Natural Alternative to Manage Health Conditions
  • Lower Blood Pressure
  • Improve Circulation - Heart, Brain and More
  • Help rid the body of toxic Uric Acid to control Gout
  • Reduce Inflammation in all areas of the body
Information for Product Formulators
The phthalides function by different mechanisms at a cellular level. They may induce beneficial enzymes, inhibit enzymes mediating inflammatory processes, or interact with ion channels or cell surface receptors.

Celery (Apium graveolens) has long been recommended in traditional Chinese medicine as a natural blood purifier and a cure for hypertension. In an animal model for human essential hypertension, 3-n-butylphthalide, one of the predominant phthalides in celery reduced the systolic blood pressure, which could be due to the relaxation of vascular smooth muscles. The studies suggest that butylphthalide blocked extracellular calcium influx into the smooth muscles, possibly by modulation of calcium channels, thereby causing a vasorelaxant effect. Besides 3-n-butylphthalide, butylidenephthalide, a closely related compound was also shown to have a hypotensive effect in animals. Phthalides are also reported to have diuretic effects.

In traditional Indian medicine, celery seed extract has been widely prescribed for gout and rheumatism. Clinical studies at three hospitals have shown that the phthalides from celery seed extract are very effective in reducing inflammation and pain associated with rheumatoid arthritis and gout. However, the mechanism of action has not been investigated in depth. It has been speculated that the improved blood circulation may remove the uric acid crystals from the joints, thereby reducing the discomfort and pain. The phthalides may inhibit the formation of inflammatory mediators. Further studies are necessary to determine the effects of phthalides on arachidonic acid metabolism.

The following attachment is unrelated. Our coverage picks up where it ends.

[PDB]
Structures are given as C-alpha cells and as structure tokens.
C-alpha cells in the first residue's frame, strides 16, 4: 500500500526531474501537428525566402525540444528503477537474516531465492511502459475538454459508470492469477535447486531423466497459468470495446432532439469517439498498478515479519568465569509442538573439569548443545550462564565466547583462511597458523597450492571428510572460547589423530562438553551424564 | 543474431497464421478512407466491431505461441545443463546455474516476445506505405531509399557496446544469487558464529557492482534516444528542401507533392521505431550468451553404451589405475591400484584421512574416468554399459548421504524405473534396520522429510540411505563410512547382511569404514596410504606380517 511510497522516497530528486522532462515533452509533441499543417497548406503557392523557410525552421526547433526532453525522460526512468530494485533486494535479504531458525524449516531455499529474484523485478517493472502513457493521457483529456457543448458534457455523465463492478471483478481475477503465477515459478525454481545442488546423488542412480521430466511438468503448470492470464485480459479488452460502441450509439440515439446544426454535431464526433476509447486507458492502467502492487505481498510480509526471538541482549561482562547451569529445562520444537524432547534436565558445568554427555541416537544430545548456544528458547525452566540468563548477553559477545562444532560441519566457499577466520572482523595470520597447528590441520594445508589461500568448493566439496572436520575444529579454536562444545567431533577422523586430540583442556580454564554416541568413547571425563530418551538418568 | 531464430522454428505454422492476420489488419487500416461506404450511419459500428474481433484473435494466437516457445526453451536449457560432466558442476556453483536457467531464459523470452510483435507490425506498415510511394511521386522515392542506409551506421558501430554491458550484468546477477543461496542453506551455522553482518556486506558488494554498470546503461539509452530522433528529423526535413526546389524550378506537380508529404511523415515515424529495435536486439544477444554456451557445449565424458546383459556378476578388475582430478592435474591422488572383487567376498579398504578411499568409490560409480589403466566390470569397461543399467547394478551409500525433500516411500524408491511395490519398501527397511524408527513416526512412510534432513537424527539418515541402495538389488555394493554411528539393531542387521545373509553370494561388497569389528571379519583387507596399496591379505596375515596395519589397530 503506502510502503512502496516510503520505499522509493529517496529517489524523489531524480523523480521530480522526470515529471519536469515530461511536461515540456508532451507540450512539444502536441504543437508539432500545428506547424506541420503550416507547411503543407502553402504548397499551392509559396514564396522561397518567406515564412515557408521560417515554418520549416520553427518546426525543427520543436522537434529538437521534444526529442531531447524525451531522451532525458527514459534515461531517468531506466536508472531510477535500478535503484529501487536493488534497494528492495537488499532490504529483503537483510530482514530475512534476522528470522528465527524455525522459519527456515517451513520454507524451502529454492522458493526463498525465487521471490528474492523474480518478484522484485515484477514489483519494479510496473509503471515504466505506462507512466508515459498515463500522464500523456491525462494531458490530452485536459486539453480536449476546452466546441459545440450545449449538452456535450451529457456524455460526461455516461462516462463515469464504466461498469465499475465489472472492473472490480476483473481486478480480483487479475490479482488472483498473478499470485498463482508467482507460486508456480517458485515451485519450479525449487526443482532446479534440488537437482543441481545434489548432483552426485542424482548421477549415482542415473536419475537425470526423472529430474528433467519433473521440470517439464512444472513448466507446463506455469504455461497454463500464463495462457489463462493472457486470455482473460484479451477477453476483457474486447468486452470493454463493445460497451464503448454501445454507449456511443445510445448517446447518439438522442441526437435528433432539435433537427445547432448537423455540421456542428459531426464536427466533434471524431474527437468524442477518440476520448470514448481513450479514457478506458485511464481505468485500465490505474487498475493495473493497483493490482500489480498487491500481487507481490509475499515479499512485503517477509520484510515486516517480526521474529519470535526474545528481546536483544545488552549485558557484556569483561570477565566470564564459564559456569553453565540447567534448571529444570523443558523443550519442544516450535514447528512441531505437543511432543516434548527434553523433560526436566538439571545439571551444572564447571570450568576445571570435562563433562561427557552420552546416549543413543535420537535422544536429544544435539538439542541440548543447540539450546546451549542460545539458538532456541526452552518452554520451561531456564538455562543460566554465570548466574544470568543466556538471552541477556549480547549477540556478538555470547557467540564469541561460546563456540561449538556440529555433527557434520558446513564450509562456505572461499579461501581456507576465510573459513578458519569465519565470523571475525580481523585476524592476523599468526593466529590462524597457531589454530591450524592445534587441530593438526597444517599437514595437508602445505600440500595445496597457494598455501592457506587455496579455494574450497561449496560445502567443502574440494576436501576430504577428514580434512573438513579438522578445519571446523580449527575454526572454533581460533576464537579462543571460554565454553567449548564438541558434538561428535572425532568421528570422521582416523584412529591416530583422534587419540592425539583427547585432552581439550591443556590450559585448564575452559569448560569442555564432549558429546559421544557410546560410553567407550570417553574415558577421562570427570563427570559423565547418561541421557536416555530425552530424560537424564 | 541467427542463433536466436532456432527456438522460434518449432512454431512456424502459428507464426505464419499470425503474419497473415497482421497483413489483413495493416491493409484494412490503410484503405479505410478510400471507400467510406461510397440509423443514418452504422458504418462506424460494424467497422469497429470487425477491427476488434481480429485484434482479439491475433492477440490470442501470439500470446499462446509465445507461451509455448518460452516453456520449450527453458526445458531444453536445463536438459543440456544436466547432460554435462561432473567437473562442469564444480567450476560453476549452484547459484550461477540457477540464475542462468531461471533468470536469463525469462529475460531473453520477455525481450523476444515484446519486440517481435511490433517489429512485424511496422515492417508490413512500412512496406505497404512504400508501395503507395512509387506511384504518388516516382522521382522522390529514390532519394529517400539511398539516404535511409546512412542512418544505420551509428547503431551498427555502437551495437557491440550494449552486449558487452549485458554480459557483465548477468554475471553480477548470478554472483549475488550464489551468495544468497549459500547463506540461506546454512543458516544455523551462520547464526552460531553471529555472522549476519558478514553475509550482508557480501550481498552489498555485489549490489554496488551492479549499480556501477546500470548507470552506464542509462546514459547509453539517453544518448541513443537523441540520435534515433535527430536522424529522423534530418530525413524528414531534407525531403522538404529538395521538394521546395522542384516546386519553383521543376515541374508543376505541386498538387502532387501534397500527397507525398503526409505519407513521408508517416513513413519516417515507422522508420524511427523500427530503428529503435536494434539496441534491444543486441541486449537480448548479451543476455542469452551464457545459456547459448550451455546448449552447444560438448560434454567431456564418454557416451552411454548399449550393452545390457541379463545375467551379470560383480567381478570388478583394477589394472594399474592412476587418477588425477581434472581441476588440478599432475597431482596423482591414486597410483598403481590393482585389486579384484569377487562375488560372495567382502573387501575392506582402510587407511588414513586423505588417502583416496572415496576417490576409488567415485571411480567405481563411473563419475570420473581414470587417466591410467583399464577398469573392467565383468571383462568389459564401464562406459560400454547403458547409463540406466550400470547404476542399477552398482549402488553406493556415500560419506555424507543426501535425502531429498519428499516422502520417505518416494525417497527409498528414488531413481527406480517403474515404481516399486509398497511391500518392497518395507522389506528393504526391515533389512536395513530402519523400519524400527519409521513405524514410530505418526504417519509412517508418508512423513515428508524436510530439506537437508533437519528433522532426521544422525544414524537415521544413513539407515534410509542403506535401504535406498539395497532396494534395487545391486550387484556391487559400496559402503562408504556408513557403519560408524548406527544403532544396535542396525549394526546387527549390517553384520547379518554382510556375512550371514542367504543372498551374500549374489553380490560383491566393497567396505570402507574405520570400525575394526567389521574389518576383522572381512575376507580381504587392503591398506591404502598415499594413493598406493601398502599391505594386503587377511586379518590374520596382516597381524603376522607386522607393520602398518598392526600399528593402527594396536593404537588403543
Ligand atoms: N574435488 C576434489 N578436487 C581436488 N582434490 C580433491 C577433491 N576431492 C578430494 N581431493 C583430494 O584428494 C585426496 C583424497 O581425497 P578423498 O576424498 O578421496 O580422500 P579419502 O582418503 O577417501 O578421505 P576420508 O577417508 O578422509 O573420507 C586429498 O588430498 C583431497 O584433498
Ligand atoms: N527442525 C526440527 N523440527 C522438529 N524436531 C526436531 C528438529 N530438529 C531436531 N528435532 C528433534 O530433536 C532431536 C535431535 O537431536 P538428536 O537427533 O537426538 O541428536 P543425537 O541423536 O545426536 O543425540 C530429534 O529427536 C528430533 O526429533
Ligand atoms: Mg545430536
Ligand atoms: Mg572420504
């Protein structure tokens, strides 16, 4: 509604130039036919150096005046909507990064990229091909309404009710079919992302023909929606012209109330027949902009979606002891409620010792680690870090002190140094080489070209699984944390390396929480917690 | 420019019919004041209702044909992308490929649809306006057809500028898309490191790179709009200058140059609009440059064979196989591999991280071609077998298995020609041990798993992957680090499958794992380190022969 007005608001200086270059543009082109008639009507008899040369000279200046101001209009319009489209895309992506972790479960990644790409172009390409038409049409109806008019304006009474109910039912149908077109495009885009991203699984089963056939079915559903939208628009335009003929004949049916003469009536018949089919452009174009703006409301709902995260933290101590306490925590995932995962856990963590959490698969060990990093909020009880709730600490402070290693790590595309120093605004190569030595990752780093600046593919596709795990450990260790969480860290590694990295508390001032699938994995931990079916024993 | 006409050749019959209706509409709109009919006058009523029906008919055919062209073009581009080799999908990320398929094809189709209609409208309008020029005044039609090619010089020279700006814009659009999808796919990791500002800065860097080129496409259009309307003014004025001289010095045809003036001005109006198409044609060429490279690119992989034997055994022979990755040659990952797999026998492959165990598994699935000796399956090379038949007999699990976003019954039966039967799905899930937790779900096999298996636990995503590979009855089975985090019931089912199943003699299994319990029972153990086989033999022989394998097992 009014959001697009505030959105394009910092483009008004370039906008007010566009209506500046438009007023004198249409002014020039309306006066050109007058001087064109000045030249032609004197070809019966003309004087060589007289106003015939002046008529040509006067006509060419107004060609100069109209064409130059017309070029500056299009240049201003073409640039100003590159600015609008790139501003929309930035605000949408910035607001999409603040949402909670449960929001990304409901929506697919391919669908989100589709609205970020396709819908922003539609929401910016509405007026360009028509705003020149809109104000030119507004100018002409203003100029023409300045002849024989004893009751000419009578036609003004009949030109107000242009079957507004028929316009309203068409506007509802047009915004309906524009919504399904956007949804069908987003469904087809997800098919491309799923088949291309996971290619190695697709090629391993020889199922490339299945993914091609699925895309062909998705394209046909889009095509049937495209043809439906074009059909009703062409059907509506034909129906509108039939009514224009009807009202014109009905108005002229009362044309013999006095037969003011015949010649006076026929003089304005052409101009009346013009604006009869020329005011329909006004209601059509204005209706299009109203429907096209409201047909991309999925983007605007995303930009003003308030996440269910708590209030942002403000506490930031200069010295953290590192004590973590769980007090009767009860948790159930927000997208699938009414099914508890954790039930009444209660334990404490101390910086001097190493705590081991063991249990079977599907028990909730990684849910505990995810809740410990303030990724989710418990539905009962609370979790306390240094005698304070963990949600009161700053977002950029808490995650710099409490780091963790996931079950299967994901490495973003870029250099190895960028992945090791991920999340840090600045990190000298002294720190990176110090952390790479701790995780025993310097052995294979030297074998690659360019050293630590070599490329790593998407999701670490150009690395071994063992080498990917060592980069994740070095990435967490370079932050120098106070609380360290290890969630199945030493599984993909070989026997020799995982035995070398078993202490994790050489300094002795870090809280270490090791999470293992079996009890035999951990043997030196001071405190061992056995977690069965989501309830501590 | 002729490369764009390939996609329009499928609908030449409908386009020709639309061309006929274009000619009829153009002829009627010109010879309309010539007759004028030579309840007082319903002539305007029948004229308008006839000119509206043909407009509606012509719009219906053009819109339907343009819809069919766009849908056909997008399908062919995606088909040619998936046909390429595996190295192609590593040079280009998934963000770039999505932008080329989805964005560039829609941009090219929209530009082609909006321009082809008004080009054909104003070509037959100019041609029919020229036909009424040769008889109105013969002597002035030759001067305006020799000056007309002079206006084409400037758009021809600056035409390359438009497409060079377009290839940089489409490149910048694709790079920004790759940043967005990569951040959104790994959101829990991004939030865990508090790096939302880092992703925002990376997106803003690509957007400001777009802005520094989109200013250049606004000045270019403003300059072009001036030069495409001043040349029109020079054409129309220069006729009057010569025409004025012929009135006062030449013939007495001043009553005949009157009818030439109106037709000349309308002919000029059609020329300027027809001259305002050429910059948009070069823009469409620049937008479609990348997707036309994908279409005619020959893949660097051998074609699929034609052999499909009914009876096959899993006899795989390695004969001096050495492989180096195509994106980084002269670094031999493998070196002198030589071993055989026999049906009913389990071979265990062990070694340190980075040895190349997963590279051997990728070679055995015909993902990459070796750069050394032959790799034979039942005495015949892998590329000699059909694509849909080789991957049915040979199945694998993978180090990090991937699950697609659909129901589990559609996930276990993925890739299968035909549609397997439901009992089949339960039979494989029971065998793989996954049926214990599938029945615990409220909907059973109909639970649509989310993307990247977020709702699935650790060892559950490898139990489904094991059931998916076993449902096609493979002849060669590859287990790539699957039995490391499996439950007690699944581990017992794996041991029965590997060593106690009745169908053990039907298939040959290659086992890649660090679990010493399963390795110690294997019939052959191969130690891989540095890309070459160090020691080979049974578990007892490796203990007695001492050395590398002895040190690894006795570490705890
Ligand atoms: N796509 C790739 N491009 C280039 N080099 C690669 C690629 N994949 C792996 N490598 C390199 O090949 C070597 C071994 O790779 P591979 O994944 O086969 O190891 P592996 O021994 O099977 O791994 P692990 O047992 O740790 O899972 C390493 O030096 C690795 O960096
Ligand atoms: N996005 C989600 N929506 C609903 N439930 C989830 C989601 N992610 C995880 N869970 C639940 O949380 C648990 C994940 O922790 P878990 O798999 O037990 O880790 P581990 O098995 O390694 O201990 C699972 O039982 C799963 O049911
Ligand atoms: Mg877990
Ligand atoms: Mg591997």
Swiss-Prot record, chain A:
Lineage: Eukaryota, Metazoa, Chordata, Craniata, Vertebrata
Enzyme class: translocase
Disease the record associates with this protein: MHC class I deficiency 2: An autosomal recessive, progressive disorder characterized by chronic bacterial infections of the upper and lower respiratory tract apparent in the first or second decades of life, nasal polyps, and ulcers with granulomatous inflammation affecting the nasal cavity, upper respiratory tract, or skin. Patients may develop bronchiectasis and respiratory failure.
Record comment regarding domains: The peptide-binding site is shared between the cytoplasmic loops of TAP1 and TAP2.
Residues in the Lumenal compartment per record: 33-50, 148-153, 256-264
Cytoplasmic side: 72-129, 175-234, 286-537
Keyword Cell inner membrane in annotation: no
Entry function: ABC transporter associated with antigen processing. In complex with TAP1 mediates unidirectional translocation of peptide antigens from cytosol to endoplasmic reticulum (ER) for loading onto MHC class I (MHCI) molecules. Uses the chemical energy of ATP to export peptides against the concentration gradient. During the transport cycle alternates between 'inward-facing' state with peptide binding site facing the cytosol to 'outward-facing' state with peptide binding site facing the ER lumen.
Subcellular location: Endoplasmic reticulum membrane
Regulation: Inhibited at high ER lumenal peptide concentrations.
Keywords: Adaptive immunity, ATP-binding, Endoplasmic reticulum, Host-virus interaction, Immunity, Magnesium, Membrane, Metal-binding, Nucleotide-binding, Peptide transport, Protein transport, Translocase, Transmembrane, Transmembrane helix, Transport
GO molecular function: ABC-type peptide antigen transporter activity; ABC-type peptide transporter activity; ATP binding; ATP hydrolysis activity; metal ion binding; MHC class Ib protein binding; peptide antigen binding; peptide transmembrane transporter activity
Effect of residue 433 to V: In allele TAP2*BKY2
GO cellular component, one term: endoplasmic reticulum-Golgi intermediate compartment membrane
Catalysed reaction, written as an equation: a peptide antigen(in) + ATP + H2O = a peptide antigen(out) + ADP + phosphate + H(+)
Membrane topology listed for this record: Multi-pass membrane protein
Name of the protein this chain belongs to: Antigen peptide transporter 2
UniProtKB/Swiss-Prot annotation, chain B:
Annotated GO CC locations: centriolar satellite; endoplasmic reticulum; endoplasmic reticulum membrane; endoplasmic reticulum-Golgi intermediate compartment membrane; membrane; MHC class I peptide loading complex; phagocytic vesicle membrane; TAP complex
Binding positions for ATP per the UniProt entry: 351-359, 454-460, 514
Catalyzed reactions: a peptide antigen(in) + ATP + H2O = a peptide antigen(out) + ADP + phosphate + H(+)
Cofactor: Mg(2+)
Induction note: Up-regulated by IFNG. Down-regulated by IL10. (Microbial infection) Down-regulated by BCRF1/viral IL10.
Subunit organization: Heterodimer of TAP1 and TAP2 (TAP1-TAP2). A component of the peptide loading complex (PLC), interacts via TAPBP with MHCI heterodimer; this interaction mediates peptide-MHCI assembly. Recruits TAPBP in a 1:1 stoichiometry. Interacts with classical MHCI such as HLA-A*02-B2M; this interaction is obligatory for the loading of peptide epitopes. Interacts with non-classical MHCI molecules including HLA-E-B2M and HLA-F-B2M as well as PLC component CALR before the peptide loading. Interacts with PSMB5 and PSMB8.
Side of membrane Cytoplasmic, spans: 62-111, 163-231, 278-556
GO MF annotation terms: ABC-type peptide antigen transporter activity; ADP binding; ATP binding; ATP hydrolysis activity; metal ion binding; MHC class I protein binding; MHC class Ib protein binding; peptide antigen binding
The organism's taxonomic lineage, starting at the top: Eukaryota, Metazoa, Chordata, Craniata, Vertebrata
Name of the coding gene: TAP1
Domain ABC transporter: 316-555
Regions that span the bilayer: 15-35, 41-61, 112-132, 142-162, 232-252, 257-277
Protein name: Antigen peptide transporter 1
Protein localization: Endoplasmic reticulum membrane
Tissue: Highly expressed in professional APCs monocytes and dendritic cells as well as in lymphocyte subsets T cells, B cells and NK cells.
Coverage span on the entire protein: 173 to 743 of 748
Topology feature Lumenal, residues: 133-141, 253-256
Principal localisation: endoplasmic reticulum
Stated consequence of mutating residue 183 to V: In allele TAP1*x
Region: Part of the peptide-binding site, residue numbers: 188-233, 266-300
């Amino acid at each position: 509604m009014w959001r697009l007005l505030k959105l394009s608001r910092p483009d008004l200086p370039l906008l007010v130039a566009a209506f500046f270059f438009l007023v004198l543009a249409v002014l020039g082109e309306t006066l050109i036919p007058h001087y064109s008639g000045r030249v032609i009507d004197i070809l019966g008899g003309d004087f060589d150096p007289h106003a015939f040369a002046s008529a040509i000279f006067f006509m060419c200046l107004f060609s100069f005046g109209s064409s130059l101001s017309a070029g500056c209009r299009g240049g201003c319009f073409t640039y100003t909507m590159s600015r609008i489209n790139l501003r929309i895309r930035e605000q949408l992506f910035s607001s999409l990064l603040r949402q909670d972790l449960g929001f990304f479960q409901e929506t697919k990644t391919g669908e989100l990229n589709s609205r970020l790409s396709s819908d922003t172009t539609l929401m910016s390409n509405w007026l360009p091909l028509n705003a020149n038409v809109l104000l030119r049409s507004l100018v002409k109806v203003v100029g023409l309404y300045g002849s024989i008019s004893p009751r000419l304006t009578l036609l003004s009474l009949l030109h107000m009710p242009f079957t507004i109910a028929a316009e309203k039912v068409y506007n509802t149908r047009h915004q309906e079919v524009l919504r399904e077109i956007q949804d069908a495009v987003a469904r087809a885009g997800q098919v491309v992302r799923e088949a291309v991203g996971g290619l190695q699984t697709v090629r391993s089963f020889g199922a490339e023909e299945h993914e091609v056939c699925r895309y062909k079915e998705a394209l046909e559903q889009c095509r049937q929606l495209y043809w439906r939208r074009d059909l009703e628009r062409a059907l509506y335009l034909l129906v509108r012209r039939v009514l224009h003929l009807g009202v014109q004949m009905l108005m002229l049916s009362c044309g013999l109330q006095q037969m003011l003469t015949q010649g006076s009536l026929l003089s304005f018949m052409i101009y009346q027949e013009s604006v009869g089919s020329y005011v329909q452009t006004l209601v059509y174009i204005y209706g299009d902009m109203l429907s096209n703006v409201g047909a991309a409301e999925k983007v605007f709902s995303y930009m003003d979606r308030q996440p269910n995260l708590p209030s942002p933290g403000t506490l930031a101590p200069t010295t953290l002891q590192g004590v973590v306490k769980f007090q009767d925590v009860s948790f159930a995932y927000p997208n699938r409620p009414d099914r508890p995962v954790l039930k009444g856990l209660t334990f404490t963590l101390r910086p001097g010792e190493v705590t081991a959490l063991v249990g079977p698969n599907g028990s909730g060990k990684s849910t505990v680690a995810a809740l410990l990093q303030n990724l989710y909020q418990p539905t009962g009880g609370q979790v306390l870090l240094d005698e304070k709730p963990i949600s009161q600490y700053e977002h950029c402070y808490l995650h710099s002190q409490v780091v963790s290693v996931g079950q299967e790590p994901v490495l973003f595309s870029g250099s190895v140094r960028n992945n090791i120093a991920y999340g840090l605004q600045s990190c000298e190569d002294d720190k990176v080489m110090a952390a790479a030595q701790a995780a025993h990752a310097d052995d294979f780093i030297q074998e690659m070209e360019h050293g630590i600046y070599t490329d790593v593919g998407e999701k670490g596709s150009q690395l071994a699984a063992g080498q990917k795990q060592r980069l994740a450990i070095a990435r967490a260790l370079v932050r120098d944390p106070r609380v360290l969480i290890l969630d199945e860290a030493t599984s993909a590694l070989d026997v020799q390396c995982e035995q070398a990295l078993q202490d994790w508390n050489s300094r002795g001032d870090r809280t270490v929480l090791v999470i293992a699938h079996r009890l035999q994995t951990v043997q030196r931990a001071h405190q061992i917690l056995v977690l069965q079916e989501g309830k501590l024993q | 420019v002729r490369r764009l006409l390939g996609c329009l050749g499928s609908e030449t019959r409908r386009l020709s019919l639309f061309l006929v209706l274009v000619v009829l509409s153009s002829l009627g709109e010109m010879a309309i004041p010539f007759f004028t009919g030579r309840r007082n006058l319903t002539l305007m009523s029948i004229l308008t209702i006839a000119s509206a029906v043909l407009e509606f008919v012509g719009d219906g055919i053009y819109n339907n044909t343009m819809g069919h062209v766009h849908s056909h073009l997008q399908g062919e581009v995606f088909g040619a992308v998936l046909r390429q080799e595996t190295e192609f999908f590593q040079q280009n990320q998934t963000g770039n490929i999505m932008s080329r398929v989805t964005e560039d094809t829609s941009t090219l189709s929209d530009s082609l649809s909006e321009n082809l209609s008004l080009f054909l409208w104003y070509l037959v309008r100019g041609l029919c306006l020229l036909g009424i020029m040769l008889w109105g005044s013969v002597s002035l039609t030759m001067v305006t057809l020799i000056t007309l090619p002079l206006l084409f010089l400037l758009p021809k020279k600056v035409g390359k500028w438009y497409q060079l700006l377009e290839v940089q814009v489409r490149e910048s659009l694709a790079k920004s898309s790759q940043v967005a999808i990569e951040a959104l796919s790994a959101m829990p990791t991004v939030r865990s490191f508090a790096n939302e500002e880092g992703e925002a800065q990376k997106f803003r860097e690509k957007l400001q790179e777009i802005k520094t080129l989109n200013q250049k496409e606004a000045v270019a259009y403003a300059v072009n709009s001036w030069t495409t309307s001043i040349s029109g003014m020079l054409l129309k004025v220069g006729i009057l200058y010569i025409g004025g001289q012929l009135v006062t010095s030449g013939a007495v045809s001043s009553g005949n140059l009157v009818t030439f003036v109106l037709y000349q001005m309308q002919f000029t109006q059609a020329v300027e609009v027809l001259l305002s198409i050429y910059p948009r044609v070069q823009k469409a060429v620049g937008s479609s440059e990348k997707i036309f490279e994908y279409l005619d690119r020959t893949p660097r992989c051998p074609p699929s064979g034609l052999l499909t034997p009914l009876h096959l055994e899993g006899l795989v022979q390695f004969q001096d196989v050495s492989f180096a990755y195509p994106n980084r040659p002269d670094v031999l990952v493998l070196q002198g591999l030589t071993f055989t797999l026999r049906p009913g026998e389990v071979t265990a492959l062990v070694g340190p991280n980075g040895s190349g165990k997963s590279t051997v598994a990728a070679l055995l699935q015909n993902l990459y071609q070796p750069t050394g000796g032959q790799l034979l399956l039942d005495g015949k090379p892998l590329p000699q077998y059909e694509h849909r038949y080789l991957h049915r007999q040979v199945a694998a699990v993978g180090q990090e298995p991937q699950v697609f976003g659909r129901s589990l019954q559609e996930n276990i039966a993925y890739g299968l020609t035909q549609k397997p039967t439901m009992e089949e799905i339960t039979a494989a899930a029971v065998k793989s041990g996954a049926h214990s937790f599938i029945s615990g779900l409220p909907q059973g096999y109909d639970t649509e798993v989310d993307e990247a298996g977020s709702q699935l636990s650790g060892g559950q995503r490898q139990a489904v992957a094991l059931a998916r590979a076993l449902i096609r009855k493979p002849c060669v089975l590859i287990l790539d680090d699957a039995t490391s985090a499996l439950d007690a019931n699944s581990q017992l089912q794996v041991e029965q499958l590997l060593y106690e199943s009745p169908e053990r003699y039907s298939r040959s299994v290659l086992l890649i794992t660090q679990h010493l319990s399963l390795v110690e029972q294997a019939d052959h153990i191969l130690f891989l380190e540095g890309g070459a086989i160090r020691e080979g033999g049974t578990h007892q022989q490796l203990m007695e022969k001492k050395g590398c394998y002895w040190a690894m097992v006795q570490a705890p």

The phthalides may also improve the blood circulation producing antiasthmatic effects. Donq quai (Angelica sinensis), a widely prescribed Chinese medicinal plant for asthma and poor blood circulation, has ligustilide and 3-n-butylphthalide as effective compounds. Studies have indicated that the phthalides relieve the asthma induced by histamine and acetylcholine in animals.

Chuan Xiong (Ligusticum wallichii), another well known Chinese medicinal plant has ligustilide, butylphthalide and sedanoic acid. In human studies, Chuan Xiong improved the microcirculation through inhibition of thrombus formation and decreasing platelet aggregation in ischemic patients. The effects were similar to or better than papaverine, dextran, and aspirin-persantin.

In animal experiments, 3-n-butylphthalide was effective in protecting the ischemic sites which lack blood supply due blood clots or other problems following cerebral ischemia. Butylphthalide administration inhibitied the increase in myeloperoxidase activity, infiltration of neutrophils into the ischemic site, inhibited nitric oxide synthase activity, as well as reduced the expression of intercellular adhesion molecule-1 (ICAM-1)and tumor necrosis factor-alpha (TNF-alpha), factors responsible for post-ischemic brain injury.

3-n-Butylphthalide has been shown to have anticonvulsant effects in experimental chronic epilepsy in rats. Its anticonvulsant effects were weaker than those of diazepam, but its ability in counteracting the learning and memory impairment was greater than that of diazepam, causing no damage to brain cells. Phthalides present in celery seed oil have also been reported to have sedative activities.

In animal studies, 3n-Butylphthalide and sedanenolide were found to inhibit benzo[a]pyrene induced tumor formation in mice. The chemopreventive activity could be due to the induction of detoxifying enzymes in the target tissues. Both the compounds exhibited high activities with the ability to induce the detoxifying enzyme glutathione S-transferase in mouse liver and small intestinal mucosa.